Two experiments were conducted in Biosphere II during which humans were enclosed inside the system: the first for 2 years (1991-93) and the second for 6 months (1994). These experiments tested concepts of sustainabil-ity at a very basic level since the humans had to rely on the overall greenhouse system for life support function.

However, changes in the gas cycles within the greenhouse caused the human experiments to be modified and ultimately terminated. During the first human experiment oxygen concentration in the atmosphere decreased dramatically because high rates of soil respiration released more carbon dioxide than was taken up in photosynthesis; some of the carbon dioxide was absorbed as carbonates in the concrete of the greenhouse foundation. Oxygen had to be pumped into the system to maintain the humans so that the 2-year test could be completed. During the second human experiment, buildup of noxious concentrations of nitrous oxide in the atmosphere from microbial

Macroinvertebrates of the Everglades mesocosm (dominant elements)

Macroinvertebrates of the Everglades mesocosm (dominant elements)

System # Species

Predominant bottom type:

s. Hard, including mangrove Soft

2-4 Lower estuary

Salt Oligohaline marsh

Freshwater 11

Quit Coast

System # Species

Predominant bottom type:

s. Hard, including mangrove Soft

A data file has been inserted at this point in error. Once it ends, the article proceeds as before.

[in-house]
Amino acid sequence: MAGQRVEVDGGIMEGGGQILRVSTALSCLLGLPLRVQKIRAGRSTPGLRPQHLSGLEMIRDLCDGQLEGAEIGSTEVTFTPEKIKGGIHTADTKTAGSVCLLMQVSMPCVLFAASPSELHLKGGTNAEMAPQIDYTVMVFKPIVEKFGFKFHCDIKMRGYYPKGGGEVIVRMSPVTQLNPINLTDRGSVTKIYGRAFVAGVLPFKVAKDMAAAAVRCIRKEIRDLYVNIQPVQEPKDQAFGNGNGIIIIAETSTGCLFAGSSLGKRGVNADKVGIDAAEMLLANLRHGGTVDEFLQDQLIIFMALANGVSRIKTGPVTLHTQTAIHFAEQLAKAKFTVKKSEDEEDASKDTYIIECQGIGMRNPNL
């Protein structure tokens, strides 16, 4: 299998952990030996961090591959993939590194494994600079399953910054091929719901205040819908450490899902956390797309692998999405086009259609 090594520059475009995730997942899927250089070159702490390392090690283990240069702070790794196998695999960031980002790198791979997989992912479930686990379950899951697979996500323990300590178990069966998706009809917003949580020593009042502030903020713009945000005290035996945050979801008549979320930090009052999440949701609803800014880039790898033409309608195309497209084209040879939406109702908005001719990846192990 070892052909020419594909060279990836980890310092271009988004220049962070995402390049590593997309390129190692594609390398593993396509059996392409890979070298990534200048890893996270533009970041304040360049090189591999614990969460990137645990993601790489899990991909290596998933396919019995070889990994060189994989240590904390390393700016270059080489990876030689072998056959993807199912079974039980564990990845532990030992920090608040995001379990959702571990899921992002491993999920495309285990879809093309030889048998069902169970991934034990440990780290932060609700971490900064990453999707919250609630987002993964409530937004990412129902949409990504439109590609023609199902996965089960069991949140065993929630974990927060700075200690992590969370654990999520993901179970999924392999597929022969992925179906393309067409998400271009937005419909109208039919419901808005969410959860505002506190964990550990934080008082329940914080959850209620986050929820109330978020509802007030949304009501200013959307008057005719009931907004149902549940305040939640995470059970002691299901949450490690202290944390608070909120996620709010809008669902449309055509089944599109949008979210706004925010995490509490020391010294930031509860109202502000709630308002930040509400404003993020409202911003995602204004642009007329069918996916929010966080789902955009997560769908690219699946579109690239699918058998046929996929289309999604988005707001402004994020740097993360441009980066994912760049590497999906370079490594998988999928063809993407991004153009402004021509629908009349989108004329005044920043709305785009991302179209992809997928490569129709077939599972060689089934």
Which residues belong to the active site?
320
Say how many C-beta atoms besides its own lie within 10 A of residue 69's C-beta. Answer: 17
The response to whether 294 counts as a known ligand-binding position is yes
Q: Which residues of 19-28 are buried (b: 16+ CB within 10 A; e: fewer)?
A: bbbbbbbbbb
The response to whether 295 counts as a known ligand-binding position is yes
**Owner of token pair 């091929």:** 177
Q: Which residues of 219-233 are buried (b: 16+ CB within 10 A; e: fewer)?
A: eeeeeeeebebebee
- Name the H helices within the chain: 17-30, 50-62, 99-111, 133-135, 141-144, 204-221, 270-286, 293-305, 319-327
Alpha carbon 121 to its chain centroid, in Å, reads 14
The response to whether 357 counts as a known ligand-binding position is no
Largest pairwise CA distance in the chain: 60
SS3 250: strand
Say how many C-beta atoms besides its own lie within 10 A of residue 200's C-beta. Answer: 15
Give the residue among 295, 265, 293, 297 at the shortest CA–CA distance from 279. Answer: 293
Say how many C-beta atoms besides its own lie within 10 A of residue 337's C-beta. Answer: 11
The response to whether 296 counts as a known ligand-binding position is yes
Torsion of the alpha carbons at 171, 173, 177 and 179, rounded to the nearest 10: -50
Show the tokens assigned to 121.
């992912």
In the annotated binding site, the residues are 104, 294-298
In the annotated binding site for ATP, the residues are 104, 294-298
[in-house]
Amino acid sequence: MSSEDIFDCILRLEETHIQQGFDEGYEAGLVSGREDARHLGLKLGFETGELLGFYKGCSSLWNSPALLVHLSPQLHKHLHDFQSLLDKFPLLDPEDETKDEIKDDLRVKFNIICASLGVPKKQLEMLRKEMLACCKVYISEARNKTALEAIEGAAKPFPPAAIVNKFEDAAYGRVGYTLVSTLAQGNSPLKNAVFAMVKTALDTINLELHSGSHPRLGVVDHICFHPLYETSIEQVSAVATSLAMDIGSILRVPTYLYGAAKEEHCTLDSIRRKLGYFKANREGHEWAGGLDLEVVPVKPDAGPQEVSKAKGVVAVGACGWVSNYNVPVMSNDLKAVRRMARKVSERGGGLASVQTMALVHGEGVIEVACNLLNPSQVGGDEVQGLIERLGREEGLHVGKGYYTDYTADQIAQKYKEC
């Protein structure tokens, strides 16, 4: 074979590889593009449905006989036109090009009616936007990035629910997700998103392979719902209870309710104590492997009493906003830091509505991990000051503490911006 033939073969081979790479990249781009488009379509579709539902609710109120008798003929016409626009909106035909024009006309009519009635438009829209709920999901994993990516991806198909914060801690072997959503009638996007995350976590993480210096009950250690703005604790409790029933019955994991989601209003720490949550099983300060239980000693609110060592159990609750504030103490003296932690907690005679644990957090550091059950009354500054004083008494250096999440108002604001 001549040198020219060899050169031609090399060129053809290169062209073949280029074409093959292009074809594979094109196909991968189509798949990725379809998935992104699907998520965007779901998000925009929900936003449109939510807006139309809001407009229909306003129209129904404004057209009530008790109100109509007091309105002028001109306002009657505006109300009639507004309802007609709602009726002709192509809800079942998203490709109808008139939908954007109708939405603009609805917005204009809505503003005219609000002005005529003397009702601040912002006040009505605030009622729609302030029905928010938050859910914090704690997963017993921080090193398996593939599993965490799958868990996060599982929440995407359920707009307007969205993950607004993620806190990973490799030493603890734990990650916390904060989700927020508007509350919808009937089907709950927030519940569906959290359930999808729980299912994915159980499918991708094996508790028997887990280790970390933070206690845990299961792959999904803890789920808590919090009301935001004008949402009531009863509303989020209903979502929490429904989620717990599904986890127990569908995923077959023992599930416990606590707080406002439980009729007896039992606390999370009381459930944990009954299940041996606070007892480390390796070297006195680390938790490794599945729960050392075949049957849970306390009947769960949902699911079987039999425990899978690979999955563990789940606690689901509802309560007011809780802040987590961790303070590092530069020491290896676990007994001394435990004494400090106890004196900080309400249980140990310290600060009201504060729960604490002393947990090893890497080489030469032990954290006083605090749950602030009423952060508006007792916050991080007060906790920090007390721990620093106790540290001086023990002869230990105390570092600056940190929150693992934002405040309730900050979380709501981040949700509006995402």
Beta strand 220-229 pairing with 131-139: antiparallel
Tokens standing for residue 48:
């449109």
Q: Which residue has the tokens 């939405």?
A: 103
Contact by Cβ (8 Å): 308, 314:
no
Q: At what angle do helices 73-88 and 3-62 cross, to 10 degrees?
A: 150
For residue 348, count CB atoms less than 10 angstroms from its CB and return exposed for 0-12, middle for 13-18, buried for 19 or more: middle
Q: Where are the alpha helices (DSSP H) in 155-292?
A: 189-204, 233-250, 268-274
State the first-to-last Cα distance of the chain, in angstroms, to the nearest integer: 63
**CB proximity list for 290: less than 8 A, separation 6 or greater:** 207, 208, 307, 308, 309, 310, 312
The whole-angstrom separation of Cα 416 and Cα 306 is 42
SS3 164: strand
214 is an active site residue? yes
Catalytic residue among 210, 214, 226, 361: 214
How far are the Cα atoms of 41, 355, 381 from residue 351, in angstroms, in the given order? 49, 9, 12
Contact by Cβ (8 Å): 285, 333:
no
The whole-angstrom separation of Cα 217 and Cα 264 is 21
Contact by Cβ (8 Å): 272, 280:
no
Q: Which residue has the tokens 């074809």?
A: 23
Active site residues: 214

2-4 Lower estuary

Salt Oligohaline marsh

Freshwater 11

Figure 13 Relative invertebrate abundance in the Florida Everglades mesocosm.

Quit Coast

metabolism caused the experiment to be shut down ahead of the planned schedule.

At least two of the basic principles of ecosystem modeling discussed in the introduction were violated in this system. Incoming light was greatly reduced, due to the glass and significant support structure, resulting in insufficient photosynthesis and primary productive to balance respiration. This could have been offset by introducing a subset of highly efficient photosynthesis (such as provided by an ATS), using artificial lighting; indeed, some ATS systems were used, but only as a minor element of control on the ocean system. Monitored exchange with the external environment could also have been employed. Also, the concrete as an atmospheric reactant should have been sealed with a nonreactive material, such as glass or plastic.

Much controversy developed during these human experiments. Colombia University took over management of the system from 1996 to 2003. During this time period the research program changed from human enclosure experiments to work on global climate change.

Fishes of the Everglades mesocosm

Fishes of the Everglades mesocosm

System

2, 3, 4 Lower estuary

5, 6 Upper estuary

Gulf Coast

Freshwater

System

2, 3, 4 Lower estuary

5, 6 Upper estuary

# Fish In unit

94 +

118 +

17 +

11 +

102 +

Area of unit (m2)

44.7

34.8

7.6

7.6

37.4

# Individuals per m2

2.1

3.4

2.2

1.4

2.7

# Fish species

8

6

3

2

In Gulf:

y. Opsanus beta (gulf toadfish)

Haemulon macrostomum (spanish grunt) Lagodon rhomboides (pinfish) In Lower estuary:

Eucinostomus gula (silver jenny)

* Higher predators

In Gulf:

y. Opsanus beta (gulf toadfish)

Haemulon macrostomum (spanish grunt) Lagodon rhomboides (pinfish) In Lower estuary:

Eucinostomus gula (silver jenny)

Not reproducing

Possibly reproducing or reproduced in past Ratio of total individuals to reproductive adults

Figure 14 Distribution offish (% of total) in Florida Everglades mesocosm.

Gulf Coast

Freshwater

See also: Freshwater Lakes; Freshwater Marshes.